On August 26, 2014, Chief ALJ Charles E. Bullock issued Order No. 9 construing the disputed claim terms of the asserted patents in Certain Hemostatic Products and Components Thereof (Inv. No. 337-TA-913).
By way of background, this investigation is based on a complaint filed by Baxter International Inc., Baxter Healthcare Corporation, and Baxter Healthcare SA (collectively, "Baxter") alleging violation of Section 337 by Ethicon, Inc. and Ferrosan Medical Devices A/S (collectively, "Respondents") in the importation into the U.S. and sale of certain hemostatic products that infringe one or more claims of U.S. Patent Nos. 8,303,981 (the '981 patent); 8,512,729 (the '729 patent); 6,066,325 (the '325 patent); 8,357,378 (the '378 patent); and 8,603,511 (the '511 patent). See our March 5, 2014 and April 4, 2014 posts for more details on the complaint and Notice of Investigation, respectively.
As an initial matter, ALJ Bullock determined that a person of ordinary skill in the art "would possess a master's degree in chemistry, chemical engineering, biochemistry, materials science, polymer science, or a similar discipline with two or more years of experience working with polymeric compositions, including some experience with swellable polymers."
In the Order, ALJ Bullock construed two terms: (1) "hydrogel" and (2) "partially hydrated." ALJ Bullock also adopted the parties' proposed constructions for the remaining claim terms and construed the terms according to their agreed-upon definitions.
As to the first disputed claim term "hydrogel," the parties agreed that the first portion of the definition is "single phase aqueous colloid in which a biologic or non-biologic polymer absorbs water or an aqueous buffer" but disagreed on whether or not to include a "non-dry" requirement. Baxter argued that the word "aqueous" covered the concept that the hydrogel is not dry. Respondents argued that the specification teaches that in order to be a hydrogel the material must have a sufficiently high moisture content so that the material acts as a hydrogel and proposed the construction "single phase aqueous colloid in which a biologic or non-biologic polymer absorbs water or an aqueous buffer in an amount greater than or equal to 20% by weight." ALJ Bullock rejected Baxter's and Respondents' proposed constructions, finding The Commission Investigative Staff's ("OUII") arguments to be persuasive and construed hydrogel as "single phase aqueous colloid in which a biologic or non-biologic polymer absorbs water or an aqueous buffer in an amount sufficient to be swollen and not a free flowing powder." ALJ Bullock noted that all of the parties agreed that a "hydrogel" is not dry and that the adopted construction is consistent with the specification, which states that "[t]he term 'dry' will mean that the moisture content is sufficiently low, typically below 20% by weight water, so that the powder will be free-flowing and that the individual particles will not aggregate."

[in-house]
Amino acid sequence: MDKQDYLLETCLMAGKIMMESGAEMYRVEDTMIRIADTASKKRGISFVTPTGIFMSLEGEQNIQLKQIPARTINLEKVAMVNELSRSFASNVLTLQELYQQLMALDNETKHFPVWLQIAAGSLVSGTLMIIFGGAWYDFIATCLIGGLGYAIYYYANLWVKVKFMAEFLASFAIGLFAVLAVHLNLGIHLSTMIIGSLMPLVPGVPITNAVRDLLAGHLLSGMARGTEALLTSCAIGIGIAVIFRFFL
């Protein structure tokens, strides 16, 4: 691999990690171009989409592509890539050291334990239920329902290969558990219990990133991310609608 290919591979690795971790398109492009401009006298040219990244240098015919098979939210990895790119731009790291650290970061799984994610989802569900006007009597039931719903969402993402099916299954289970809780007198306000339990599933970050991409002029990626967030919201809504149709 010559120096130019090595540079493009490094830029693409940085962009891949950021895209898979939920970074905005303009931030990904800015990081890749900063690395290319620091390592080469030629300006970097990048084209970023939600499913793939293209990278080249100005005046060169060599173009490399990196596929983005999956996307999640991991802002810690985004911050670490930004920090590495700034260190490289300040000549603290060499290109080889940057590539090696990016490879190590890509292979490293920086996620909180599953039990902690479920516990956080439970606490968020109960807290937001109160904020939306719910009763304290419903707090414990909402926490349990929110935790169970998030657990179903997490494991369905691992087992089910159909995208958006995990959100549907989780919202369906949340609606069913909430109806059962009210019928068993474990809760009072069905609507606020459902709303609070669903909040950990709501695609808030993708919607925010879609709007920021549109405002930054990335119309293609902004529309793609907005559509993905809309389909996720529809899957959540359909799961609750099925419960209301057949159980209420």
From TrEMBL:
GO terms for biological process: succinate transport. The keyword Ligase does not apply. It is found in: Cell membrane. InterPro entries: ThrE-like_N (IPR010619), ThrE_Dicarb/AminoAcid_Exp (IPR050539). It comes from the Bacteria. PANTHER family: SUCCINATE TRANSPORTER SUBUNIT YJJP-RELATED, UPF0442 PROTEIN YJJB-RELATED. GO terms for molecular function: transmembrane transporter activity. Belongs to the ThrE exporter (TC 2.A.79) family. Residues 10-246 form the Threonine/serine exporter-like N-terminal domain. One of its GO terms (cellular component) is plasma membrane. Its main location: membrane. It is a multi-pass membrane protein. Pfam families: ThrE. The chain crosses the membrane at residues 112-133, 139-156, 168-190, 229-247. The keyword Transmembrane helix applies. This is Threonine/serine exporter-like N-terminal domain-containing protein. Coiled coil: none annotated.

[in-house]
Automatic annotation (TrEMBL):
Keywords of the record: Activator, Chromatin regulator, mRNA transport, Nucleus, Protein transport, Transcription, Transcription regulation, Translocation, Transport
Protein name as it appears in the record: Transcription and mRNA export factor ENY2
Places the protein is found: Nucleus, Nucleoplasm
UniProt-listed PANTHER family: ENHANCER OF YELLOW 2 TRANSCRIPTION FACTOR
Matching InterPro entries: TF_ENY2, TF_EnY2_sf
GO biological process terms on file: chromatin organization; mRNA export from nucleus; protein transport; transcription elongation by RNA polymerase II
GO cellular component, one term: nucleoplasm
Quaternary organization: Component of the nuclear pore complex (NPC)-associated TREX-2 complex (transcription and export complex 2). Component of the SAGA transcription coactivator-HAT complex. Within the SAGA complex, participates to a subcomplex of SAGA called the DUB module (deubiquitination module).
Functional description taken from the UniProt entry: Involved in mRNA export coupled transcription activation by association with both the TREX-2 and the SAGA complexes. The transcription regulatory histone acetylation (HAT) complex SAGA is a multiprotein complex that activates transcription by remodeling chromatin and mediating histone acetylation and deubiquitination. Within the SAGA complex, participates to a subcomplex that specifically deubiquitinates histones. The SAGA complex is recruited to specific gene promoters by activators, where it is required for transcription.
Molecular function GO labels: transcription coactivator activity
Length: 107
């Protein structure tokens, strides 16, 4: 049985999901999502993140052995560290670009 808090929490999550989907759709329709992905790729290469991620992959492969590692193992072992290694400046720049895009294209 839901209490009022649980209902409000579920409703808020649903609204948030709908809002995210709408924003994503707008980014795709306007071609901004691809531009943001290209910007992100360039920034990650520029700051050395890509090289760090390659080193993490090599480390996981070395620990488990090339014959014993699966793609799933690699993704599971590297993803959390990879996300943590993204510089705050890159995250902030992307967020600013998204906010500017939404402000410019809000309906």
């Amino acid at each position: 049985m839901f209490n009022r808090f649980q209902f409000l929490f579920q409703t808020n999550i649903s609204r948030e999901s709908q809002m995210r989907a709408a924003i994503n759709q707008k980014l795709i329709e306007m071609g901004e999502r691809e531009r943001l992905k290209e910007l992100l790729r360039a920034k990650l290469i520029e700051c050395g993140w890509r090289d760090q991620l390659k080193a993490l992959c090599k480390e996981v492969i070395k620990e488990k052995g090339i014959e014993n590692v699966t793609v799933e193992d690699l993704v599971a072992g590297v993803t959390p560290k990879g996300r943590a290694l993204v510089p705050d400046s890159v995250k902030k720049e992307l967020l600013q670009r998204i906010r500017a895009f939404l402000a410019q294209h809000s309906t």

Regarding the second term, "partially hydrated," the parties agreed that the term refers to a hydration level falling between a "dry powder" and a "fully hydrated" hydrogel. The parties also agreed that upper boundary of the term is "having a moisture content greater than that corresponding to 95% of the equilibrium swell of the hydrogel or gelatin gel" which defines the term "fully hydrated" and that the only issue is how to distinguish between "dry" and "partially dry" material. ALJ Bullock found that this issue was substantively identical to the issue regarding the term "hydrogel," rejected Respondents' strict 20% test, and found that OUII's and Baxter's construction more adequately reflected the specification's discussion of "dry" compositions. Accordingly, ALJ Bullock construed "partially hydrated" to mean "having a moisture content sufficient to be swollen and not a free flowing powder, but less than or equal to the moisture content corresponding to 95% of the equilibrium swell of the hydrogel or gelatin gel."